The core of the side is well-established, with five or six seasoned internationals used to playing against the very best the world has to offer. Begovic has had arguably his most impressive season for Stoke, regularly saving the necks of an uncharacteristically shaky Potters defence, often shorn of its mainstays, Robert Huth and Ryan Shawcross. Begovic even managed a goal, against Southampton, and has had many a bigger side interested. For country, he features behind 33 year-old captain Emir Spahic, for whom Brazil will probably be an international swansong. Spahic has played for Montpellier, Valencia and Bayer Leverkusen, and his experience is vital for the Dragons, especially considering the berth beside him is contested by three or four unconvincing candidates.

In midfield, Bosnia are relatively rich in terms of talent. In Pjanic, they have one of the best 100 footballers in the world, according to the Guardian. Slightly further forward is Zvjezdan Misimovic, Bosnia’s most capped footballer. Though advancing in years, Misimovic is still the side’s key playmaker, and has a history of playing with Dzeko, for whom he provided 20 assists in Wolfsburg’s 2008-09 Bundesliga-winning campaign. Age has proved no obstacle to the likes of Carlos Valderrama and Dragan Stojkovic in the past, and Susic will be hoping history repeats itself.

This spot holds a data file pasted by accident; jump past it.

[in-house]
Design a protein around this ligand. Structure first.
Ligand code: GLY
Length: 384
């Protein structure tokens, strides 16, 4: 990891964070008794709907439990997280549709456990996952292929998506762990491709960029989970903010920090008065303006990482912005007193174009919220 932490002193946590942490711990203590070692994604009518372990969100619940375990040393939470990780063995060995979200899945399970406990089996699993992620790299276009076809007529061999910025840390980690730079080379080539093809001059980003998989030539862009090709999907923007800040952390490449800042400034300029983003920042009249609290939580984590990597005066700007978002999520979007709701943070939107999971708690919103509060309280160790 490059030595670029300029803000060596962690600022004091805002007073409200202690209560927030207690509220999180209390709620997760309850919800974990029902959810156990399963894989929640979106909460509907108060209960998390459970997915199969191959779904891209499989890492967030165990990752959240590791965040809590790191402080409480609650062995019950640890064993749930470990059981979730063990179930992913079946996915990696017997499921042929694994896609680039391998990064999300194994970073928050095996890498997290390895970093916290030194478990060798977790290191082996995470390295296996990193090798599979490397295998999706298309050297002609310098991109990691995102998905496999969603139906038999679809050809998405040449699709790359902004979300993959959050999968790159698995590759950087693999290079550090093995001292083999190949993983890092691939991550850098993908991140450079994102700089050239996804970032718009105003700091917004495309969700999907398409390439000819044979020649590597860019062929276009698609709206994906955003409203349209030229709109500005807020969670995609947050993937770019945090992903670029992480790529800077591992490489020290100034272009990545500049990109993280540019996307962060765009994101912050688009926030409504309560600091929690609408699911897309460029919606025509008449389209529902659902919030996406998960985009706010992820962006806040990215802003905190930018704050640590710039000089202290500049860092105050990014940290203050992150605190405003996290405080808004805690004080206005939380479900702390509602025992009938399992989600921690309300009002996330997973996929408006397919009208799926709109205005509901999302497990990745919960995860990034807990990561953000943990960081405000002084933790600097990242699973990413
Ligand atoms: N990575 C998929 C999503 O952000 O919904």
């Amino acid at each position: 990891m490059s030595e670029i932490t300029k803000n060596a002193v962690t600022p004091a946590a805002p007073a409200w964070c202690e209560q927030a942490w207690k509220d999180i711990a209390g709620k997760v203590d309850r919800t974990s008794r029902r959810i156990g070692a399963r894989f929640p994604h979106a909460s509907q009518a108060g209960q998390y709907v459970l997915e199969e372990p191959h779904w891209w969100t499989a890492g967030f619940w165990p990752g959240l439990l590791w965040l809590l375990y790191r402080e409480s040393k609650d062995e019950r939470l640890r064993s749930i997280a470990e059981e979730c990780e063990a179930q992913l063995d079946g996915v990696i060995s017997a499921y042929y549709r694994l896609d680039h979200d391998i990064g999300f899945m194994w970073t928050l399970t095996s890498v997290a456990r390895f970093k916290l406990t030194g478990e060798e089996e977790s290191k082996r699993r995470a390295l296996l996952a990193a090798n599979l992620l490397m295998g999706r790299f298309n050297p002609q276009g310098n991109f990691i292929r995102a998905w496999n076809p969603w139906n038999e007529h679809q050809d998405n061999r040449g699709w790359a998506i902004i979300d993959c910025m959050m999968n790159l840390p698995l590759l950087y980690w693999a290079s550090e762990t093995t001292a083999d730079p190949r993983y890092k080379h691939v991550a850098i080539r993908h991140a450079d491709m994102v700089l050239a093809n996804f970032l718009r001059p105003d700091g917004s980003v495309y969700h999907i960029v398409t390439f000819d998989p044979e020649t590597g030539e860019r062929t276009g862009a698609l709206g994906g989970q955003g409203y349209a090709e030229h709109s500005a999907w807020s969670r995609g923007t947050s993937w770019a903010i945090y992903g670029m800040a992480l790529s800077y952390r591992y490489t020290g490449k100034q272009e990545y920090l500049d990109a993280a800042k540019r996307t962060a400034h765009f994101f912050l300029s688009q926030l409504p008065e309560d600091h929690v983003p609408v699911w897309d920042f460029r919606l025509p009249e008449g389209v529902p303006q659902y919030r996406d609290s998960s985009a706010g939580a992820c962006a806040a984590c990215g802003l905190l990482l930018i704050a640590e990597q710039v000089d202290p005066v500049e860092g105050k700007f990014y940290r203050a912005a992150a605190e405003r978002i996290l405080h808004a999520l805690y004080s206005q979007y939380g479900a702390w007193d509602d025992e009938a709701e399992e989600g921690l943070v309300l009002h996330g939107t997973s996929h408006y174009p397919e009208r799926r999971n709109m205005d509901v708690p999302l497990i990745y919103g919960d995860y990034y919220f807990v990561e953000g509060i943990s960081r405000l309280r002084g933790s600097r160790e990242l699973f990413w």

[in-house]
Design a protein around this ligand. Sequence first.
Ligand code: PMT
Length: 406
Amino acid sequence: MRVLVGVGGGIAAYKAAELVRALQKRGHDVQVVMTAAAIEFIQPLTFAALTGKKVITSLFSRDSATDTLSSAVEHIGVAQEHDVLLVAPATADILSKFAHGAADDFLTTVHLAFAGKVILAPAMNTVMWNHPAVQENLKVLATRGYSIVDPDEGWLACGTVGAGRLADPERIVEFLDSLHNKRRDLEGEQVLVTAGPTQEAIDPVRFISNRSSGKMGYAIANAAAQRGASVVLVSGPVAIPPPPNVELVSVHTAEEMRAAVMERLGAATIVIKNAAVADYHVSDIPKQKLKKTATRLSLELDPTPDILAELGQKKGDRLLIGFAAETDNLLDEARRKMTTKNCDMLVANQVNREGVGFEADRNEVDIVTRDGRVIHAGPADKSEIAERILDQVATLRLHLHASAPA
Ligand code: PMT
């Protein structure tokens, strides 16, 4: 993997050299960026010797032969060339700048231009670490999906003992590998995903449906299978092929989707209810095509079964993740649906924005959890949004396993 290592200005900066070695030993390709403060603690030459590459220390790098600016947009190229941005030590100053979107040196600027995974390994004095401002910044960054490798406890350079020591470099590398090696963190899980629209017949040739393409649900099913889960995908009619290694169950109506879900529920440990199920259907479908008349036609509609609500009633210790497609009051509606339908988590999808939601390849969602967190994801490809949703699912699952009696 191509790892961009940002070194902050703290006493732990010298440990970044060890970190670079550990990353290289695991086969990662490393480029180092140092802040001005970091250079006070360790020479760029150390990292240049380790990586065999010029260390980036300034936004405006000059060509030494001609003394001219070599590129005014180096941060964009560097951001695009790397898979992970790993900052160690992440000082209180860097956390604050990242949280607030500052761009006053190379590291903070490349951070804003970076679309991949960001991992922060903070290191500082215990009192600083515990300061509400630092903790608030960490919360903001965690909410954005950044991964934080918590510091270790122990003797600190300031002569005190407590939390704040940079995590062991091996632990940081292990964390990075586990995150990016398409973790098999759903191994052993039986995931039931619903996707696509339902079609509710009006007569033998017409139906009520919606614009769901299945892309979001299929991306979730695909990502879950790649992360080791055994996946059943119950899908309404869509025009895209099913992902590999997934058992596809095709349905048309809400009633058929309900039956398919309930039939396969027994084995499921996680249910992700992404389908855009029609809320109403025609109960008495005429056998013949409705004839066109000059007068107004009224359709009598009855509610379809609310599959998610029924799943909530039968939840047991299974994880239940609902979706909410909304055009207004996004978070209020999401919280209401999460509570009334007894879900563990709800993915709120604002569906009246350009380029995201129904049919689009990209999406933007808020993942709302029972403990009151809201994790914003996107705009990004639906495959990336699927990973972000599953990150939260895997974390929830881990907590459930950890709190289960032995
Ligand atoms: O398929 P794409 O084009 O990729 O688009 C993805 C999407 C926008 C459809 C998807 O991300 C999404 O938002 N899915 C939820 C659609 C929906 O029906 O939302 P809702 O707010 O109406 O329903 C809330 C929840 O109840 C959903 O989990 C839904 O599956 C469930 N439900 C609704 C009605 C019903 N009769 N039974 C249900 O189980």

However, it is surely up front where Bosnia are at their best. Dzeko and Ibisevic shared 18 of the sides 30 goals in qualifying, although it remains to be seen whether Susic will play them both together, especially against superior footballing sides such as Argentina.